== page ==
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What Japanese think of PM Kan's response to the crisis

A new poll shows 58 percent of Japanese do not approve of the handling of the Japan nuclear crisis. Still, 58 percent do approve of overall disaster-victim support in northeast Japan.

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Instead, Kan has appointed Sumio Mabuchi, a former transport minister, as a special adviser on the nuclear crisis, as well as bringing Yoshito Sengoku, a former chief cabinet secretary, as Edano's deputy.

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Juggling disasters

While Kan focuses on attempts to avert a major nuclear accident, the death toll from the tsunami rose to over 10,000 over the weekend, adding to frustration that the relief effort is not being given enough attention by Kan's government.

“The government has to tackle these problems concurrently,” the Yomiuri editorial said. “[Kan and Edano] are taking all the work upon themselves, but they are too busy dealing with the nuclear accident to handle other issues and have become trapped in a vicious cycle.”

As government officials fend off accusations that information about radiation levels in the area is taking too long to reach residents, the news that Japan reportedly turned down a US offer, made within hours of the tsunami, to help cool down the reactors, probably won't help boost public perception.

Compared with predecessors

Still, Kan compares favorably with Tomiichi Murayama, who was prime minister when an earthquake killed 6,400 people in the western port city of Kobe in January 1995. While Kan quickly mobilized tens of thousands of self-defense force personnel, Prime Minister Murayama was widely perceived as having dithered as people lay dying beneath the rubble.

By the standards of his predecessors – perhaps with the exception of Junichiro Koizumi in his prime – Kan has used the kind of emotive language more often associated with US presidents on his few public appearances since the tsunami.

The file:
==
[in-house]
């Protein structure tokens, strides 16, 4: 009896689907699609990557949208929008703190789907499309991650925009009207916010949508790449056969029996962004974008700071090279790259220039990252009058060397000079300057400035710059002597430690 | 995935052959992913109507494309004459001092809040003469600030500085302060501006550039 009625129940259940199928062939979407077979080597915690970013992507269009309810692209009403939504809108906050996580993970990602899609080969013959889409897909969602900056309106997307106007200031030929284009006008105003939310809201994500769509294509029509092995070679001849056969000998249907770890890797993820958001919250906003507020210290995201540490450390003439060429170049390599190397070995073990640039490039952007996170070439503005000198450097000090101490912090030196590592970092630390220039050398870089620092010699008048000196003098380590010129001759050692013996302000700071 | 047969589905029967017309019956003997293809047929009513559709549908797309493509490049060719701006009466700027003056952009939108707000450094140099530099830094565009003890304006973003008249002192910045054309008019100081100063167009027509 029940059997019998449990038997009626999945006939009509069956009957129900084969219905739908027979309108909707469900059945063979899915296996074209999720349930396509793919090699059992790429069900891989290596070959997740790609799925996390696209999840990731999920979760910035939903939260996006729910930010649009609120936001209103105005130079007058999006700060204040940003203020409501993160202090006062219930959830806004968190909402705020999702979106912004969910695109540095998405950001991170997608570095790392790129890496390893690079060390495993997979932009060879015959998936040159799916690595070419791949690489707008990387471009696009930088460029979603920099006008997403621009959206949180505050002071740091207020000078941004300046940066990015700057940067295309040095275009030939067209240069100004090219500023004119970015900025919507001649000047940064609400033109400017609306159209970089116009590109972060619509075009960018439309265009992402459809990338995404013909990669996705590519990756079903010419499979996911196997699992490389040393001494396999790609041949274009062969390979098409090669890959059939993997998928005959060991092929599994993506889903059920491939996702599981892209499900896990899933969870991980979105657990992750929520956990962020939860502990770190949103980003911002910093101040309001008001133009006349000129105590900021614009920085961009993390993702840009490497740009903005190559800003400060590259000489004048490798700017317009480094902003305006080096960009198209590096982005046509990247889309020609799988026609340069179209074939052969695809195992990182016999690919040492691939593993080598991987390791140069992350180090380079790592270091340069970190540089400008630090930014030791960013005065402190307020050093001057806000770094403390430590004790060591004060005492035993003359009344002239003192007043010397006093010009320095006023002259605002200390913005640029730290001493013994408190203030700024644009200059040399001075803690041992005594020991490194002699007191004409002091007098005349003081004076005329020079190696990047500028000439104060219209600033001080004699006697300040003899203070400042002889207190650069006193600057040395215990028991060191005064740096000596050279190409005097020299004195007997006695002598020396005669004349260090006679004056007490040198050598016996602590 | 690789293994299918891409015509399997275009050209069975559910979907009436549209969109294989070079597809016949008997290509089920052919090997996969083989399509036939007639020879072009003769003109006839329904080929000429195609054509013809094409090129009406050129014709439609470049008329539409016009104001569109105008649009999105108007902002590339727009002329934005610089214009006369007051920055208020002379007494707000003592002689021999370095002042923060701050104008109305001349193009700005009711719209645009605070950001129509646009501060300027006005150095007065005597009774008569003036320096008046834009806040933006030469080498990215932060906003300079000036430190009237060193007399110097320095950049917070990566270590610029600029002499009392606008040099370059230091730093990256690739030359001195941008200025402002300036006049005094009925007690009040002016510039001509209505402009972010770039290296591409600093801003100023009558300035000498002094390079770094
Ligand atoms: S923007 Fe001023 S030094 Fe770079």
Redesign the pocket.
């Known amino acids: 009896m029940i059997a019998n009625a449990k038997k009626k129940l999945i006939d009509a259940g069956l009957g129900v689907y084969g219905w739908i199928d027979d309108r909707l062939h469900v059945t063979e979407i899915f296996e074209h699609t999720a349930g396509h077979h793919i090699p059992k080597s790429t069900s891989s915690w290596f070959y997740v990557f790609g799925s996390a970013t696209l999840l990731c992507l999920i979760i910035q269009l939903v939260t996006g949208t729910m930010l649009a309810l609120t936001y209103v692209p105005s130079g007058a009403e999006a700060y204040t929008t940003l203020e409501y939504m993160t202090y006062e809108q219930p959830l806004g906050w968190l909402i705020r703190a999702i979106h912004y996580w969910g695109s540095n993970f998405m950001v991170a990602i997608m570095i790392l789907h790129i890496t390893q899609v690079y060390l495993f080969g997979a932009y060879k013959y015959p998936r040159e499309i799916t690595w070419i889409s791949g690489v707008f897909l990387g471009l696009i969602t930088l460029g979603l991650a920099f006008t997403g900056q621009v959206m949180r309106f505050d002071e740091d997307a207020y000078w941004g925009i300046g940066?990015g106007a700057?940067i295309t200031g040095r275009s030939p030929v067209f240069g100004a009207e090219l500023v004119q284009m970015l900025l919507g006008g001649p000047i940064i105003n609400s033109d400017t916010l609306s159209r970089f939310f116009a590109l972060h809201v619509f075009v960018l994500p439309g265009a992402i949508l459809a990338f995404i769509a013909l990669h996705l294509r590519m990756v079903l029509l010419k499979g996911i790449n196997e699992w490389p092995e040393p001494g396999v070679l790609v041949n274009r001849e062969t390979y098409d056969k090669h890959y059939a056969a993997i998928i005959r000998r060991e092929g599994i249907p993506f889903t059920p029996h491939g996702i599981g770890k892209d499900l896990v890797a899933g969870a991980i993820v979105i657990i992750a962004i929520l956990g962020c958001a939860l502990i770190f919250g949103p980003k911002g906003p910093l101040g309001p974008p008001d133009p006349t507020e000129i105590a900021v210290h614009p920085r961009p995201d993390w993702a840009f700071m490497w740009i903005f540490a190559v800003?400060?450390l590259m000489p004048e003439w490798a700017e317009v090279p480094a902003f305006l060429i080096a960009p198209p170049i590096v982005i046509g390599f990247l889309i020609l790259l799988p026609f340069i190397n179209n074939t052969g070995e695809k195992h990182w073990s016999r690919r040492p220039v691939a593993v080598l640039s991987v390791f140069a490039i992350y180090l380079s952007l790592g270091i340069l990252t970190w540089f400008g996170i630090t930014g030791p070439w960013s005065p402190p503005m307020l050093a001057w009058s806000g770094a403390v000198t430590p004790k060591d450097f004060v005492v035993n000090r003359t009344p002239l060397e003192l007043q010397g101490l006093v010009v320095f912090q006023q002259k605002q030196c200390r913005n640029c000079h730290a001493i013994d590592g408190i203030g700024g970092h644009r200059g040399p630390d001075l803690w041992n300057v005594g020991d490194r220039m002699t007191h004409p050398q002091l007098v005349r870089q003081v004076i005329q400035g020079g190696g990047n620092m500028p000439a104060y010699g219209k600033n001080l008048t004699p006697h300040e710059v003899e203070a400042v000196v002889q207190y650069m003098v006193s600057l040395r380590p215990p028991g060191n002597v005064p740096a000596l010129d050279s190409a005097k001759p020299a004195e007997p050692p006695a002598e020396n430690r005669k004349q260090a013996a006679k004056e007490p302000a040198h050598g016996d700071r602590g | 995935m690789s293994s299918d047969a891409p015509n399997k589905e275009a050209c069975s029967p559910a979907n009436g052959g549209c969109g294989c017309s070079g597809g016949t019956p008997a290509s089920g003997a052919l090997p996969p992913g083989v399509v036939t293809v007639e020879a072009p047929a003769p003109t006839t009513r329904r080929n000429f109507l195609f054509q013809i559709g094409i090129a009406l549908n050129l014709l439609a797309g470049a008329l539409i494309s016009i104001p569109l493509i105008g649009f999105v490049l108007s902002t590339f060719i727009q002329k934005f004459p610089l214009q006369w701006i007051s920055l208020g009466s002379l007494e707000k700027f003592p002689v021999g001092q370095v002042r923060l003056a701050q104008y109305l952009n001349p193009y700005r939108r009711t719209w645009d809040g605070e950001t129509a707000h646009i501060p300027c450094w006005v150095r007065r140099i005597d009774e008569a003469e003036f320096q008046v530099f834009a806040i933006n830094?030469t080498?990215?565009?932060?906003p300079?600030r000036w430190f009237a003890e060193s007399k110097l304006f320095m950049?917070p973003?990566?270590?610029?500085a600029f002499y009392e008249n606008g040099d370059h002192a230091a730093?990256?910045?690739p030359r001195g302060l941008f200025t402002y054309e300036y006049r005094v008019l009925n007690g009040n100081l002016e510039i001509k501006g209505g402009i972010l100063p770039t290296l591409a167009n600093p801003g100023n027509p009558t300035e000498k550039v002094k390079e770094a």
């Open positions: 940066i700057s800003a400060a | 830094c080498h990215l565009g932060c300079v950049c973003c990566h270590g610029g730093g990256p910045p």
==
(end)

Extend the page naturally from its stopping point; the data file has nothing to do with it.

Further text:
"We do not have time for pessimism,” he said recently. “We will rebuild Japan from scratch.

“We are in a situation that is testing us as a nation,” he added, and called on people to show the same unity and determination that had helped them “miraculously” recover after defeat in the war. “With the power of the people, we will rebuild this country."

It is easy to forget that just more than two weeks ago, Kan was fighting for his political life after admitting he had received donations from a foreign source in breach of Japanese funding laws.

The parlous state of the economy and the inability of the country’s divided parliament to agree on how to tackle its huge public debt saw Kan’s popularity ratings sink to about 20 percent, the lowest since he became leader last summer.

Nakano believes Kan would be foolish to ignore urgent policy issues – the budget, tax, and social security reform among them – that have been overshadowed by the tsunami and Fukushima.

For the moment, though, the scale of the challenges facing Japan has put a halt to the desire for political bloodletting that has seen four prime ministers resign since 2006.

“Whether or not Kan has succeeded in all of this will be determined by the outcome at the power plant,” says Nakano. “The doomsday scenario that some predicted has yet to materialize, so we just don’t know. It’s too premature to make a judgment."

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